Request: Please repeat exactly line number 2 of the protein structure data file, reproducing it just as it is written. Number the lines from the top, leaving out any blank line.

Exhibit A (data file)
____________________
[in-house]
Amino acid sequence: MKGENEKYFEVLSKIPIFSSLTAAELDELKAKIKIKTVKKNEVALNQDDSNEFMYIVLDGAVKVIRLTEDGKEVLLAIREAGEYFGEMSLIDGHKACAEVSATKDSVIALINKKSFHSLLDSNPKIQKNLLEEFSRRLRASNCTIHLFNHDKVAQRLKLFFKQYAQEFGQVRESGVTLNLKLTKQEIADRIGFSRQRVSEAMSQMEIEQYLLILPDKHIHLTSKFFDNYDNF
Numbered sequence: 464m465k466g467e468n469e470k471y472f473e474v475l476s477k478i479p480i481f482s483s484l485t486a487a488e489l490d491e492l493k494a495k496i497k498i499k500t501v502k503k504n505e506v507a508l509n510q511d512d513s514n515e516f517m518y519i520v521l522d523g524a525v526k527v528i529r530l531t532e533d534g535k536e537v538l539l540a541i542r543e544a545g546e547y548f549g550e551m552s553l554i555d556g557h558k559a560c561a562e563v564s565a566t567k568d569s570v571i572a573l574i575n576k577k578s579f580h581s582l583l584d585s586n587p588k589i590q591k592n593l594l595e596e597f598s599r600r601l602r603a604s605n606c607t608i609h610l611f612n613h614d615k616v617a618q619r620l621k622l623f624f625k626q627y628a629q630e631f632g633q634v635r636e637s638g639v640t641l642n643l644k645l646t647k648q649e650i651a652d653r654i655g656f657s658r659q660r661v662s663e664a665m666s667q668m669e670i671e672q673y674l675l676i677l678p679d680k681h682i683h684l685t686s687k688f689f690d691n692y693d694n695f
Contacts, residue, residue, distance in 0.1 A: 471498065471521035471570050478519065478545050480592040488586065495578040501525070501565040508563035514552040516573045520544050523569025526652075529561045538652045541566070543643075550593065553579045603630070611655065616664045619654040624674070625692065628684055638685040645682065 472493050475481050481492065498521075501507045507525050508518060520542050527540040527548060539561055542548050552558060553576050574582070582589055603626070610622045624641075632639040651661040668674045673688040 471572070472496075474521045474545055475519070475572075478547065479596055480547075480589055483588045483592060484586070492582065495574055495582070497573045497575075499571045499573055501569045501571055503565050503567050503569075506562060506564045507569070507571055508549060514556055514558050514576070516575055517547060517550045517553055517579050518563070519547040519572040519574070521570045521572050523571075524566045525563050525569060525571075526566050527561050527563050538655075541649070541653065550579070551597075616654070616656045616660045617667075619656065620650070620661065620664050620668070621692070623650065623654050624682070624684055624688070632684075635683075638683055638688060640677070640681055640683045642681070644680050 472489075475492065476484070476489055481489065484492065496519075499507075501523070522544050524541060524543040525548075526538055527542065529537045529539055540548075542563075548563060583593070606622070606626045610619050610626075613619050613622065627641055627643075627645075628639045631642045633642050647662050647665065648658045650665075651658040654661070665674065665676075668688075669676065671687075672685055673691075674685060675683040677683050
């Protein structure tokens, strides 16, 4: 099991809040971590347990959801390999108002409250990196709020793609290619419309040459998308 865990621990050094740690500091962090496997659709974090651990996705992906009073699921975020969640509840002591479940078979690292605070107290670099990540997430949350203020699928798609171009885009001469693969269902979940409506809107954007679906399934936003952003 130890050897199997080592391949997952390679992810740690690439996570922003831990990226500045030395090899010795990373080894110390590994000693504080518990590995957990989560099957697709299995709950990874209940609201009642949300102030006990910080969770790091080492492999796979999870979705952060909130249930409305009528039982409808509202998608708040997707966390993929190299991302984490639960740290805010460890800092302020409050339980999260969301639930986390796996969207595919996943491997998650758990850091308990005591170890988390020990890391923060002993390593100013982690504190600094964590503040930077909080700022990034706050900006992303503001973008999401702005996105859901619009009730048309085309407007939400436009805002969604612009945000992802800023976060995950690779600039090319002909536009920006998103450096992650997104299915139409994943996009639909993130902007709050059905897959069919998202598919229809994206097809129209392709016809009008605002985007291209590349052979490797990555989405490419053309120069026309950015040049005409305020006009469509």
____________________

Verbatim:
Amino acid sequence: MKGENEKYFEVLSKIPIFSSLTAAELDELKAKIKIKTVKKNEVALNQDDSNEFMYIVLDGAVKVIRLTEDGKEVLLAIREAGEYFGEMSLIDGHKACAEVSATKDSVIALINKKSFHSLLDSNPKIQKNLLEEFSRRLRASNCTIHLFNHDKVAQRLKLFFKQYAQEFGQVRESGVTLNLKLTKQEIADRIGFSRQRVSEAMSQMEIEQYLLILPDKHIHLTSKFFDNYDNF